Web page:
College student cheating: The role of motivation, perceived norms, attitudes, and knowledge of institutional policy
Ethics and Behavior 11 (3):233 – 247 (2001)
|Abstract||Cheaters and noncheaters were assessed on 2 types of motivation (mastery and extrinsic), on perceived social norms regarding cheating, on attitudes about cheating, and on knowledge of institutional policy regarding cheating behavior. All 5 factors were significant predictors of cheating rates. In addition, cheaters were found lower in mastery motivation and higher in extrinsic motivation in courses in which they cheated than in courses in which they did not cheat. Cheaters, in courses in which they cheated, were also lower in mastery motivation and higher in extrinsic motivation than were noncheaters. Finally, cheaters differed from noncheaters on perceived social norms regarding cheating, on their knowledge of institutional policy regarding cheating, and on their attitudes toward cheating. Implications of these findings for institutional interventions are discussed.|
|Keywords||No keywords specified (fix it)|
|Categories||categorize this paper)|
|Through your library||Configure|
Similar books and articles
David A. Rettinger, Kristina Ryan, Kristopher Fulks, Anna Deaton, Jeffrey Barnes & Jillian O'Rourke (2010). Imitation Is the Sincerest Form of Cheating: The Influence of Direct Knowledge and Attitudes on Academic Dishonesty. Ethics and Behavior 20 (1):47-64.
Rafik Z. Elias (2009). The Impact of Anti-Intellectualism Attitudes and Academic Self-Efficacy on Business Students' Perceptions of Cheating. Journal of Business Ethics 86 (2):199 - 209.
Trevor S. Harding, Matthew J. Mayhew, Cynthia J. Finelli & Donald D. Carpenter (2007). The Theory of Planned Behavior as a Model of Academic Dishonesty in Engineering and Humanities Undergraduates. Ethics and Behavior 17 (3):255 – 279.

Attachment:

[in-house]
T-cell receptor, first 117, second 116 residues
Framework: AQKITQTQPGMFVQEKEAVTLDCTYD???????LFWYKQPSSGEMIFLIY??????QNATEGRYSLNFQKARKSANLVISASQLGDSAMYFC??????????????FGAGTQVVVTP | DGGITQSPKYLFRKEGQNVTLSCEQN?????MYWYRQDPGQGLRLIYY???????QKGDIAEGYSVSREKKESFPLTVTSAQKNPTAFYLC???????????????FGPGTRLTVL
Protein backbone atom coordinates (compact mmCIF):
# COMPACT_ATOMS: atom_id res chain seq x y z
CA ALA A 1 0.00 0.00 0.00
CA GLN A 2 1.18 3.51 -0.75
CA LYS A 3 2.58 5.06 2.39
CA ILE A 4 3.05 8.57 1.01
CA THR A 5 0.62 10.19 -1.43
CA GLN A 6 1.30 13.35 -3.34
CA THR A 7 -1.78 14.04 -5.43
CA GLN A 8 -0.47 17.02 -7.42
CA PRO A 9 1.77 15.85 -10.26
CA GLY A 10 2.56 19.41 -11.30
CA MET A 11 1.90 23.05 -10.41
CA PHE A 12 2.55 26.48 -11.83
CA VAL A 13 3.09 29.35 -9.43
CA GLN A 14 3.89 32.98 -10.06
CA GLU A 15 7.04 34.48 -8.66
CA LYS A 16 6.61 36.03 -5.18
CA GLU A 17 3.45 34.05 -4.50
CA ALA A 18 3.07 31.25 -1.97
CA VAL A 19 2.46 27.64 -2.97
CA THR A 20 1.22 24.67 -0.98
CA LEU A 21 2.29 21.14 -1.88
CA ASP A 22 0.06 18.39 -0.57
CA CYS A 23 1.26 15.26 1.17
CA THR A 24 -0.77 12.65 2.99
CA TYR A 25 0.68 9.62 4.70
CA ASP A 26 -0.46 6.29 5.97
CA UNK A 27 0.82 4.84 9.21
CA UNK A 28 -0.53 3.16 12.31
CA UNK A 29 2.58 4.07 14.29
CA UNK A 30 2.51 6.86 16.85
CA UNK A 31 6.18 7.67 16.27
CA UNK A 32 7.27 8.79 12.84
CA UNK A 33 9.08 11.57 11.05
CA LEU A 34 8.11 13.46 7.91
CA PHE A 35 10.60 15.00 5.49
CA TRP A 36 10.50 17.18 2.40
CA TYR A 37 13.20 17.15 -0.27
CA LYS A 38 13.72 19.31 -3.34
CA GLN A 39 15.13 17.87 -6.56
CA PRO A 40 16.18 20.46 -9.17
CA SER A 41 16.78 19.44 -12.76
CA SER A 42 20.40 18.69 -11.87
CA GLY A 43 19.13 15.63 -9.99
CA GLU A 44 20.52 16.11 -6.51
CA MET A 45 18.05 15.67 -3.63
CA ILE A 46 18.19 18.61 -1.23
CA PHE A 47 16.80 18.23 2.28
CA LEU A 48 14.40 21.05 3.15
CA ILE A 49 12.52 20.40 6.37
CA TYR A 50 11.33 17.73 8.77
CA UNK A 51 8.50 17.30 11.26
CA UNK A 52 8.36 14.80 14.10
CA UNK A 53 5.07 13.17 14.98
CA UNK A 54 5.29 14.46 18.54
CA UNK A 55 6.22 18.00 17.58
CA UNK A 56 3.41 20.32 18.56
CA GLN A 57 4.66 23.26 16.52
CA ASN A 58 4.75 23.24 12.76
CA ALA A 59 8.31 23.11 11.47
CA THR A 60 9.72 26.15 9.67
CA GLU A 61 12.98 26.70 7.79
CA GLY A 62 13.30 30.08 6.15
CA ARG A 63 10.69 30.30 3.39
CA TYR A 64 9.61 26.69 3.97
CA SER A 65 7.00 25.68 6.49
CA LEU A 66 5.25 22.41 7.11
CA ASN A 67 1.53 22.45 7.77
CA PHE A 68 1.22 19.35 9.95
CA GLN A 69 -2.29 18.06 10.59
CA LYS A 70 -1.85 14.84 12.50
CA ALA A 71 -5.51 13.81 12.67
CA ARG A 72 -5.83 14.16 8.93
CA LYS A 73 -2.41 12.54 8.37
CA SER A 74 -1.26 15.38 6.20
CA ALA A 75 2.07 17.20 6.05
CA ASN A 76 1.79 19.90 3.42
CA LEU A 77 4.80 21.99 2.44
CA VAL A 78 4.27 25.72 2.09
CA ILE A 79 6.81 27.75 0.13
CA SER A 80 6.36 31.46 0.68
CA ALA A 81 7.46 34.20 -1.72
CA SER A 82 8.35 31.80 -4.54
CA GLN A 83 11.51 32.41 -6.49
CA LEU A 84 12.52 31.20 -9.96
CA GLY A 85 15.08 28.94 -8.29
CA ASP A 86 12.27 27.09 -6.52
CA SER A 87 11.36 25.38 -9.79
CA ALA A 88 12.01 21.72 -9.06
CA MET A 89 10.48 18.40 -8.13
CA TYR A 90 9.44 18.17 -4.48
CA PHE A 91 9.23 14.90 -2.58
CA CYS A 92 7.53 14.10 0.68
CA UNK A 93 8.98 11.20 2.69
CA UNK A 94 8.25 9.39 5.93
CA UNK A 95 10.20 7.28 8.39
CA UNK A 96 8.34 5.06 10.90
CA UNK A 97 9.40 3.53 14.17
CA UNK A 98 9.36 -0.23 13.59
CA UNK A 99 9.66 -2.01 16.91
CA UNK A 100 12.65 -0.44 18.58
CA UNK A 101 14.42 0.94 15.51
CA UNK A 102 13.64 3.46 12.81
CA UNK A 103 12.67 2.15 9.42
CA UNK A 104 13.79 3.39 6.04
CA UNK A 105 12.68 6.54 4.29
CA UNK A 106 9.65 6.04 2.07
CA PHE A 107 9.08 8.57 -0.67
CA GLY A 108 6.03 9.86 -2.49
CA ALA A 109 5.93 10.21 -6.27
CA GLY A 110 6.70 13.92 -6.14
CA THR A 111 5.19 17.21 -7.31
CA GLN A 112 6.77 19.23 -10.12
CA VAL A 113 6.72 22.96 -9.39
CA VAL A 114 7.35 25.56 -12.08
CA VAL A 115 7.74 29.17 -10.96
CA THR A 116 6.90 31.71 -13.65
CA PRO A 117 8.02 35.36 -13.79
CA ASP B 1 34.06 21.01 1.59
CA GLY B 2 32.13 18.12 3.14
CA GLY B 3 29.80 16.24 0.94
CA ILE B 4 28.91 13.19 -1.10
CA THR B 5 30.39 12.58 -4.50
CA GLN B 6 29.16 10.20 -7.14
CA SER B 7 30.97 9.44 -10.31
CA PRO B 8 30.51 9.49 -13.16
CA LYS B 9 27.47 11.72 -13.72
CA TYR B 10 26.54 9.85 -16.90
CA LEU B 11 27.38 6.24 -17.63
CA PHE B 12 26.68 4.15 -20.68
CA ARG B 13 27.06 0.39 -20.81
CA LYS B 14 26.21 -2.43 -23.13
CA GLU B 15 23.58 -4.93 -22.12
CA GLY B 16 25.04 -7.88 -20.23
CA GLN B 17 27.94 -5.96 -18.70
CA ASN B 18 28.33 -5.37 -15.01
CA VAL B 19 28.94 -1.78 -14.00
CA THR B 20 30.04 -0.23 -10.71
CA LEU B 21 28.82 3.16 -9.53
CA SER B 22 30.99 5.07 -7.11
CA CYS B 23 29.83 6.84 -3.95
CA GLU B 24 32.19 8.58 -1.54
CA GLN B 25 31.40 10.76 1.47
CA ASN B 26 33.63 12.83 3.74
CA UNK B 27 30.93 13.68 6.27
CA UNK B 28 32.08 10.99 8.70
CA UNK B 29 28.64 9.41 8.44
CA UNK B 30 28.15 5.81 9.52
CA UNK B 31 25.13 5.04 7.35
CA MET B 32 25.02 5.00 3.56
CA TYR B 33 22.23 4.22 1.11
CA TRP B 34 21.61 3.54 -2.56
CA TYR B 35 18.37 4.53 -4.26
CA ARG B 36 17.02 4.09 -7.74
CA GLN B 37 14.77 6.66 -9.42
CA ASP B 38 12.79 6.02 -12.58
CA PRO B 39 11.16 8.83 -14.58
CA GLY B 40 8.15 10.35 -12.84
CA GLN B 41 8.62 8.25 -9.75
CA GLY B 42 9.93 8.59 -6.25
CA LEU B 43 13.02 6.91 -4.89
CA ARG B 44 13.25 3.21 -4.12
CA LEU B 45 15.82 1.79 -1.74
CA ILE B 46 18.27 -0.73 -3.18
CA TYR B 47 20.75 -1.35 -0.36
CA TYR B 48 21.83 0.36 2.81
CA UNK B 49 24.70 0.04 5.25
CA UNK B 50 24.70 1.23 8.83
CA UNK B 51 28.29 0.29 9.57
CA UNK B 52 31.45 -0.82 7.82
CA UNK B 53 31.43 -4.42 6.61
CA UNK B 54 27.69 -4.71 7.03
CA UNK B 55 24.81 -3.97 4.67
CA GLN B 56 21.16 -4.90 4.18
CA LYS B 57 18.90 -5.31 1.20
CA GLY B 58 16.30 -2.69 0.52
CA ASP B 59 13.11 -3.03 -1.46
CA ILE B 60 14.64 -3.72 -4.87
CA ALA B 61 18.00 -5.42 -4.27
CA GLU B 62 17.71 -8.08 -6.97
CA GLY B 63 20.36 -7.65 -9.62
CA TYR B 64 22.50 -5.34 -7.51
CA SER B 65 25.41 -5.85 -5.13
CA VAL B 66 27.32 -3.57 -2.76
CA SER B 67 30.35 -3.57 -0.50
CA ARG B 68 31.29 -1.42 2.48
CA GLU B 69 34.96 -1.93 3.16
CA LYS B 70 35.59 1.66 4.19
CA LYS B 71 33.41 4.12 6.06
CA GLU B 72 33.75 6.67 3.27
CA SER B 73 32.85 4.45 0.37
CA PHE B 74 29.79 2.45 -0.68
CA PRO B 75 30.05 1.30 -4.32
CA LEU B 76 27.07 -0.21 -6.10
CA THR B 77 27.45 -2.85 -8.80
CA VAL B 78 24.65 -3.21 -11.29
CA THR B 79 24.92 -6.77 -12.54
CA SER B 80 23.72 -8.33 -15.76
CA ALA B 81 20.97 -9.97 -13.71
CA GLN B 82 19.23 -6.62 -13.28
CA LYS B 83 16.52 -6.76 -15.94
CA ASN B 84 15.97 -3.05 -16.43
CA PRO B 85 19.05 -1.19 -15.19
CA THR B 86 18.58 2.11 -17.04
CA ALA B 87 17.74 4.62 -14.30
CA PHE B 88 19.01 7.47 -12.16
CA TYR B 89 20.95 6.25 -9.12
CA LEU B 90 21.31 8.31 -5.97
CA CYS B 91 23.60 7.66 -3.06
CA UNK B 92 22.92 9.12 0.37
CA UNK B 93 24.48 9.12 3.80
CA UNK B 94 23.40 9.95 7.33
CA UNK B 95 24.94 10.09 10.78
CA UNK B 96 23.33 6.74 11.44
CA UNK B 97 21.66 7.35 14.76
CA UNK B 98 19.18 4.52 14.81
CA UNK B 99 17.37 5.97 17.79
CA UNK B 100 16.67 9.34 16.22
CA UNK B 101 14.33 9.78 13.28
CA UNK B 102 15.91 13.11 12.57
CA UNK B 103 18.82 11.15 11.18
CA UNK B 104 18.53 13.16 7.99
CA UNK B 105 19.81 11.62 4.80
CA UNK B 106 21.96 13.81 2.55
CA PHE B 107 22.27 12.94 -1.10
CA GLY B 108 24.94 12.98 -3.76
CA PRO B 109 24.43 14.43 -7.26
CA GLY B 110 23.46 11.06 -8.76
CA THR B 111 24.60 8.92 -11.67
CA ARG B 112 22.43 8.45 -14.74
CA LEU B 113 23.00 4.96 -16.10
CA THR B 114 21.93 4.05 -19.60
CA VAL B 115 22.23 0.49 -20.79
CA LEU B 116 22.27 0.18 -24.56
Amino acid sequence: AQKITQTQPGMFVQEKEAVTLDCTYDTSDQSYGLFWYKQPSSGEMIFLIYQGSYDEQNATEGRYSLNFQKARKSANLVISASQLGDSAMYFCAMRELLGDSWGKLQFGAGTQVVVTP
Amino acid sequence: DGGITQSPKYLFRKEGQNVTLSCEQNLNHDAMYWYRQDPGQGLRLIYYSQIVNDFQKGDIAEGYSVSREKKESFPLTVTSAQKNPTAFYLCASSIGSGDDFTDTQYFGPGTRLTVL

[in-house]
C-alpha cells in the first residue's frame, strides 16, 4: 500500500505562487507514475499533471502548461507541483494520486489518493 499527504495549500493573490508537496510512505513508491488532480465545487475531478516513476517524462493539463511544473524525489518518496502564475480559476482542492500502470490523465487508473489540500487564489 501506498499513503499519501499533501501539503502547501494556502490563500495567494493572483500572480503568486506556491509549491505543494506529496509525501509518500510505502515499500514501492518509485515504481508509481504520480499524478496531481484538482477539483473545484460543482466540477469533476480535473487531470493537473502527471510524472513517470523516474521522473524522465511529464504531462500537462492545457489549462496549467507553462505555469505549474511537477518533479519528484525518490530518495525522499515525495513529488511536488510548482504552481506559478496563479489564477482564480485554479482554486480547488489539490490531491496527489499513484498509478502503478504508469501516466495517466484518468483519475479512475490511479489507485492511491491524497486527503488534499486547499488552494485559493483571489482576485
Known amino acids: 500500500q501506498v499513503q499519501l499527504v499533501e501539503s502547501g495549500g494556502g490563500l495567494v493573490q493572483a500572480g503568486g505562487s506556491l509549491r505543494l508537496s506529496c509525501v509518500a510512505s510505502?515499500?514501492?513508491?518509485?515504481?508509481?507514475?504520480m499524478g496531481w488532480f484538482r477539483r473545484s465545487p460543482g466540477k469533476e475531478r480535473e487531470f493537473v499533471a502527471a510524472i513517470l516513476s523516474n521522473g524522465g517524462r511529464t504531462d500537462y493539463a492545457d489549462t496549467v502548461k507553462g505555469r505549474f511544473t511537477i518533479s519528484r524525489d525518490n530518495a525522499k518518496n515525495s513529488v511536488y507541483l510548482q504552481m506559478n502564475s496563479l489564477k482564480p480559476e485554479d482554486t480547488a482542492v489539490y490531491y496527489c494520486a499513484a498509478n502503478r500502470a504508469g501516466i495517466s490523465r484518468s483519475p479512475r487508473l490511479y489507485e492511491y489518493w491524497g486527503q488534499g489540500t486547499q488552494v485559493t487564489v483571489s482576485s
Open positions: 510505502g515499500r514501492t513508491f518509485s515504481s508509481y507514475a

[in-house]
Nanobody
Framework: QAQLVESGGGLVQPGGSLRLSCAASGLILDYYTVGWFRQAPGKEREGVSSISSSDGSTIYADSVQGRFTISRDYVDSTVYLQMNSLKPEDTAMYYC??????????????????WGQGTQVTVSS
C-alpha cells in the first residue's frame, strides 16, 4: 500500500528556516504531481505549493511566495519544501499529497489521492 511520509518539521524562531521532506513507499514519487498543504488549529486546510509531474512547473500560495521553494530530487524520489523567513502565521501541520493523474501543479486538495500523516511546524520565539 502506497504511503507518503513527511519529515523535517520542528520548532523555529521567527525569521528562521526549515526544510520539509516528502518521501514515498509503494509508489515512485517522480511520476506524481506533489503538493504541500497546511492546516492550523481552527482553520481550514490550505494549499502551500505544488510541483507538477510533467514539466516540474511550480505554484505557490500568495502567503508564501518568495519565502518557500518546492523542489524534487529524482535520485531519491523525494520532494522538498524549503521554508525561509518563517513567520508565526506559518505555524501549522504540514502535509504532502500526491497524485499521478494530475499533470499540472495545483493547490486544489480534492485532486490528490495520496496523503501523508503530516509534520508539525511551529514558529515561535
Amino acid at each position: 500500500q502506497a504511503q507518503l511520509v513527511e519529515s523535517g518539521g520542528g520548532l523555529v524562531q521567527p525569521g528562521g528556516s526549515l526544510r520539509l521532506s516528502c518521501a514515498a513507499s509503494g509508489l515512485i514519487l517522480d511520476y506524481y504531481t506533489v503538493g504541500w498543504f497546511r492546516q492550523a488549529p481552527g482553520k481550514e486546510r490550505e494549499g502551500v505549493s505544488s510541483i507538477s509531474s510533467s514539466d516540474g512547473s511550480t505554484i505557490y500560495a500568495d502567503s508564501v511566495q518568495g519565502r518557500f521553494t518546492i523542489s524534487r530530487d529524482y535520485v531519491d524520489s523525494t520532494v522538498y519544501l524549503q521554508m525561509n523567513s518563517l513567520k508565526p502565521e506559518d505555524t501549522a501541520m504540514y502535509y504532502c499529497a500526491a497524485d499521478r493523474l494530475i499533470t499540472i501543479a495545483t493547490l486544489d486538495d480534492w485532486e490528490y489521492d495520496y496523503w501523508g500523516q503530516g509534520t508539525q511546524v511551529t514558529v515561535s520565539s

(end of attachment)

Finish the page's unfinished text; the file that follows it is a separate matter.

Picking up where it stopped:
Aditya Simha, Josh Armstrong & Joseph Albert (2011). Volunteers Versus Non-Volunteers—Which Group Cheats More, and Holds More Lax Attitudes About Cheating? Journal of Academic Ethics 9 (3):205-215.
Vivien K. G. Lim & Sean K. B. See (2001). Attitudes Toward, and Intentions to Report, Academic Cheating Among Students in Singapore. Ethics and Behavior 11 (3):261 – 274.
Jennifer Yardley & Melanie Domenech Rodr (2009). True Confessions?: Alumni's Retrospective Reports on Undergraduate Cheating Behaviors. Ethics and Behavior 19 (1):1 – 14.
Jeanette A. Davy, Joel F. Kincaid, Kenneth J. Smith & Michelle A. Trawick (2007). An Examination of the Role of Attitudinal Characteristics and Motivation on the Cheating Behavior of Business Students. Ethics and Behavior 17 (3):281 – 302.
Patricia J. Faulkender, Lillian M. Range, Michelle Hamilton, Marlow Strehlow, Sarah Jackson, Elmer Blanchard & Paul Dean (1994). The Case of the Stolen Psychology Test: An Analysis of an Actual Cheating Incident. Ethics and Behavior 4 (3):209 – 217.
Helen A. Klein, Nancy M. Levenburg, Marie McKendall & William Mothersell (2007). Cheating During the College Years: How Do Business School Students Compare? [REVIEW] Journal of Business Ethics 72 (2):197 - 206.
David A. Rettinger & Augustus E. Jordan (2005). Articles: The Relations Among Religion, Motivation, and College Cheating: A Natural Experiment. Ethics and Behavior 15 (2):107 – 129.
Added to index2009-02-08
Total downloads11 ( #107,422 of 722,932 )
Recent downloads (6 months)1 ( #61,087 of 722,932 )
How can I increase my downloads?